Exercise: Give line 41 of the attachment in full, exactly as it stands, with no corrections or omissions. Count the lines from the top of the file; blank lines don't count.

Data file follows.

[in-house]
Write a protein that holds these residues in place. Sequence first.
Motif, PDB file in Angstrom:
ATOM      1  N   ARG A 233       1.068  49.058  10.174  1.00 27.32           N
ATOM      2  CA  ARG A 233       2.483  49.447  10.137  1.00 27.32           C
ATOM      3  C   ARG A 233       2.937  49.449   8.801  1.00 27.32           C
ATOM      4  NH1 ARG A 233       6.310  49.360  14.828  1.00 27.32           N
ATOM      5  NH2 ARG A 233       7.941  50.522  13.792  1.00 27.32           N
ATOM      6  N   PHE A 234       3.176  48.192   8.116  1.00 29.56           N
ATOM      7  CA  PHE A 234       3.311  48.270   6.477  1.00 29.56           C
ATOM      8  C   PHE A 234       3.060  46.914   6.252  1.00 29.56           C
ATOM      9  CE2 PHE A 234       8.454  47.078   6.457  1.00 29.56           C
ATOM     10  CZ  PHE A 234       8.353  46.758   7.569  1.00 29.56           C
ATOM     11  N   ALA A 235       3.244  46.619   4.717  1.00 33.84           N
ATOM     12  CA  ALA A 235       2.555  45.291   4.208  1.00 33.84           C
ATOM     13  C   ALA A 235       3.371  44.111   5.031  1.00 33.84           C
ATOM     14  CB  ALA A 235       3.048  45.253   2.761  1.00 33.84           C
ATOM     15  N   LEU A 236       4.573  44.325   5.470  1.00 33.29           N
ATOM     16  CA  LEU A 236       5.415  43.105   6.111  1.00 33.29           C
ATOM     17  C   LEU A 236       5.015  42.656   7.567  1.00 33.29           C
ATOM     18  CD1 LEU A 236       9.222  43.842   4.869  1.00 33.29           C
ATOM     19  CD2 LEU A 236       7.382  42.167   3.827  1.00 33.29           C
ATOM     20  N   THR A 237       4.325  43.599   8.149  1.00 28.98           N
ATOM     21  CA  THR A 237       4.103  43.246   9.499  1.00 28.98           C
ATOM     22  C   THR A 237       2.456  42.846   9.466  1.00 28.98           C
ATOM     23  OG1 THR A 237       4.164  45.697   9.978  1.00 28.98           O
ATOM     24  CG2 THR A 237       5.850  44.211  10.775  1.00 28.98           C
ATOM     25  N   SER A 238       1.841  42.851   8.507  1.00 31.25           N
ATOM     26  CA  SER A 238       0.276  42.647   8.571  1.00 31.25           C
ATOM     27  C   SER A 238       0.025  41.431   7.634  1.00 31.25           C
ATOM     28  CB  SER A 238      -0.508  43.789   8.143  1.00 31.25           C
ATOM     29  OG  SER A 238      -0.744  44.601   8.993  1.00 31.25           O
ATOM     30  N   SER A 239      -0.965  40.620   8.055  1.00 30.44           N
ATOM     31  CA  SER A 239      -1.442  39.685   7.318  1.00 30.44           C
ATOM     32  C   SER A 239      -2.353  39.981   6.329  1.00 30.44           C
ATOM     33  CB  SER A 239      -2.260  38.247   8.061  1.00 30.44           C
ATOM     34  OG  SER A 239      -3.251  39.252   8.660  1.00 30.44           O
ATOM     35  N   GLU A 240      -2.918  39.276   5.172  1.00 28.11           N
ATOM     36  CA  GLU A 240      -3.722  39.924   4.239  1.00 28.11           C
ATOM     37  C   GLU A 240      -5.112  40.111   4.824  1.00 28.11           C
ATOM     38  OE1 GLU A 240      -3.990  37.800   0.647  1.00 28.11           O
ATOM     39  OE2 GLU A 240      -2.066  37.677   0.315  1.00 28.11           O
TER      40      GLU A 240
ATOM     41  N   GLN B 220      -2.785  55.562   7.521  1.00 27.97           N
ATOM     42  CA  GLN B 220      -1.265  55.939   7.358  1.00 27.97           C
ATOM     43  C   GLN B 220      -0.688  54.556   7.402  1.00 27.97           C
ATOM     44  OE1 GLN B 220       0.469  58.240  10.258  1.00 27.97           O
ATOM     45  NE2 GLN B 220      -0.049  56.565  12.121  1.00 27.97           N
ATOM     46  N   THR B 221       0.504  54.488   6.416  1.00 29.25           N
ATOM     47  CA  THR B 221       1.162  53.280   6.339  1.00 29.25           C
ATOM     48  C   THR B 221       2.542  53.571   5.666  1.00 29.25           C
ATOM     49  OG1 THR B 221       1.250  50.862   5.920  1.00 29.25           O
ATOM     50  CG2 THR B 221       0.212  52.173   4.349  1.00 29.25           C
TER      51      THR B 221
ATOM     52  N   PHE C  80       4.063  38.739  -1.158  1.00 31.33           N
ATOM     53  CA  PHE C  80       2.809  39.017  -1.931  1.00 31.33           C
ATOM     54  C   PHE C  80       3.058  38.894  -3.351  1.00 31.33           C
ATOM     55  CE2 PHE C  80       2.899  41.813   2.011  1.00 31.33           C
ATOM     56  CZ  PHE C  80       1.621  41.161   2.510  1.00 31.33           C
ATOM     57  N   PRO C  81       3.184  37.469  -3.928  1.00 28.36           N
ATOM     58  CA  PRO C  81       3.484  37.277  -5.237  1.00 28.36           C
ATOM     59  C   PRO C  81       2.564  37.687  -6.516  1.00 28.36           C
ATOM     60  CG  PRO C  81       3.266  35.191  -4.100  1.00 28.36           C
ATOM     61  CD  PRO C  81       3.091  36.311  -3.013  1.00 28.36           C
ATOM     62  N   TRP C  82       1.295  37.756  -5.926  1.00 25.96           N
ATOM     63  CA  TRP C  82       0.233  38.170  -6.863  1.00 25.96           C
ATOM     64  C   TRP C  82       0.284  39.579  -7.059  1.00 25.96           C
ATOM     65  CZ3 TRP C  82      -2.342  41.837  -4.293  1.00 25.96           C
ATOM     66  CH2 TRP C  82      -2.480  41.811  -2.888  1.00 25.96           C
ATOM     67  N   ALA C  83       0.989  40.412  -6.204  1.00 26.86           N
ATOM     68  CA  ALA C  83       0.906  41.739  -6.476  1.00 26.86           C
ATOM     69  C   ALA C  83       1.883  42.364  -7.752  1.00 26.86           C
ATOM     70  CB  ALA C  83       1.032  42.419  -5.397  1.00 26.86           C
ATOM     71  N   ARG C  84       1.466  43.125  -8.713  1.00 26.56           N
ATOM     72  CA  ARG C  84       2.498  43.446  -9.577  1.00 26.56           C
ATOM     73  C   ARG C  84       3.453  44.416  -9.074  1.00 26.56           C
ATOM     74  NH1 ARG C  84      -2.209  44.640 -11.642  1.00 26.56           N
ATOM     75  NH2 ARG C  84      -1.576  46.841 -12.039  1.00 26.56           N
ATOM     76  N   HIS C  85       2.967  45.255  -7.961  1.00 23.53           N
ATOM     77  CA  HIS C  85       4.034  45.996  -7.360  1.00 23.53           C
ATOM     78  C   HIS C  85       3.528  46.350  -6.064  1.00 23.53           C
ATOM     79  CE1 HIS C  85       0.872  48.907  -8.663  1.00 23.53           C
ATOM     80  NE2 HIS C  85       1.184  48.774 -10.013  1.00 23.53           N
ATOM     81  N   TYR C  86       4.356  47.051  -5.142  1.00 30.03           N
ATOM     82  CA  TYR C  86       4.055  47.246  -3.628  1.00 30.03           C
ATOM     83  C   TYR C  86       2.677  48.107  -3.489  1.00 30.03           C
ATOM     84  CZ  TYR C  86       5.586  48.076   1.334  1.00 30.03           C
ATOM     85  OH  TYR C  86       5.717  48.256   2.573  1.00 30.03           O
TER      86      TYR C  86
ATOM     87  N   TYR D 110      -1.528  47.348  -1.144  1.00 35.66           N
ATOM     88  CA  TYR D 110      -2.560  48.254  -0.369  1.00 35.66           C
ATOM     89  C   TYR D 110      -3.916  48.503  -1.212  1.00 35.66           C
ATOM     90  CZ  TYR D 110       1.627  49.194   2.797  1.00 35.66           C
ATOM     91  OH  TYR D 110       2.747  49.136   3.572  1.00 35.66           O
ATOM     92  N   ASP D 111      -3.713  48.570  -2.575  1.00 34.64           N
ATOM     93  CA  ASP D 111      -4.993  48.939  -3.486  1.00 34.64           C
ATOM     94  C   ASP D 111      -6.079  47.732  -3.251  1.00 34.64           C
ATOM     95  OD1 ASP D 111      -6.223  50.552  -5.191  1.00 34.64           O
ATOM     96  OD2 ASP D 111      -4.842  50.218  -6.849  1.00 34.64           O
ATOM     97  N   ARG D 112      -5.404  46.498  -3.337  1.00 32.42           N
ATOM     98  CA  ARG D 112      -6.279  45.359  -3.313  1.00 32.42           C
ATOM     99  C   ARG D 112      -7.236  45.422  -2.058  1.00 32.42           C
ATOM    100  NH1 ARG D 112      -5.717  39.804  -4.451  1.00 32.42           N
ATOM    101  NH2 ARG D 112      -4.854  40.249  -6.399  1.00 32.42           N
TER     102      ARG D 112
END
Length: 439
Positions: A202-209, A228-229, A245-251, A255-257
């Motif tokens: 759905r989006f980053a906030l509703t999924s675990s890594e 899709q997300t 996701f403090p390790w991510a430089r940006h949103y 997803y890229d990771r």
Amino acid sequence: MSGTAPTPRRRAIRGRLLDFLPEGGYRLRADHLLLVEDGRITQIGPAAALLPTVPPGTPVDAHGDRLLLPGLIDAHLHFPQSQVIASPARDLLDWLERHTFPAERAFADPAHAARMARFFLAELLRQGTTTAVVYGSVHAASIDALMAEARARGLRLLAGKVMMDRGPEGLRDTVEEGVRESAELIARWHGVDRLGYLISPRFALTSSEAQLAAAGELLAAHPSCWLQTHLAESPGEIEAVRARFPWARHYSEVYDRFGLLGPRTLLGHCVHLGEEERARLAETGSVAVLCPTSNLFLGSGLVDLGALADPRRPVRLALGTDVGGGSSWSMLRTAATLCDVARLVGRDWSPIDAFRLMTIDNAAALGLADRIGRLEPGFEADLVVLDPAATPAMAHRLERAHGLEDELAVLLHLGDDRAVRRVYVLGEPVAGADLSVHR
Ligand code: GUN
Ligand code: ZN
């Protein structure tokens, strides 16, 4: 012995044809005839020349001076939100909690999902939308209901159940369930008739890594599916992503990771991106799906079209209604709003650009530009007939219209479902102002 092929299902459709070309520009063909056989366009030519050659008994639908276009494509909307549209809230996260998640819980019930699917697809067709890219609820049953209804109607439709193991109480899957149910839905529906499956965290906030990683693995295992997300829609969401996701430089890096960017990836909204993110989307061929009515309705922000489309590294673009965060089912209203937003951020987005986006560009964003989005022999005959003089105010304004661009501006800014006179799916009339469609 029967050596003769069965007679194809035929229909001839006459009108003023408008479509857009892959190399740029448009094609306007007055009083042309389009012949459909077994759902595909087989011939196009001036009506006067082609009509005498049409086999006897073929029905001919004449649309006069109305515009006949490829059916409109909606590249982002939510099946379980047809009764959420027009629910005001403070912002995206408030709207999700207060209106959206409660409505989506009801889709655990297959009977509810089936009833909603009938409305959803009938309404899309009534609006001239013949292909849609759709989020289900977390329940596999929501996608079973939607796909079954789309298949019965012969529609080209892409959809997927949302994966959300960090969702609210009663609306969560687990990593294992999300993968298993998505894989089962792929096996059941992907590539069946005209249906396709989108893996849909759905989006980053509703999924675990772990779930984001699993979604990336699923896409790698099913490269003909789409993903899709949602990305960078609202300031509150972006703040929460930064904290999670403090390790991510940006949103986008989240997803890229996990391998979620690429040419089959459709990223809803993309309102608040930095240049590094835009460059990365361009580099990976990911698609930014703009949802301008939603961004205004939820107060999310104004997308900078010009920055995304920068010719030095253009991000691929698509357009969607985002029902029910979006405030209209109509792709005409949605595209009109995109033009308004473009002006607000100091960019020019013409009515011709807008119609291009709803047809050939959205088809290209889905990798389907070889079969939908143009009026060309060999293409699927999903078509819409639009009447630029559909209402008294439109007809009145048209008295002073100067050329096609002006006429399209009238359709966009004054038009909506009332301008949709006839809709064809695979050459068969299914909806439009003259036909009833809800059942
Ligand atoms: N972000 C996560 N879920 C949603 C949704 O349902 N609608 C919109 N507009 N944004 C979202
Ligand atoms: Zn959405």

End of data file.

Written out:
ATOM     38  OE1 GLU A 240      -3.990  37.800   0.647  1.00 28.11           O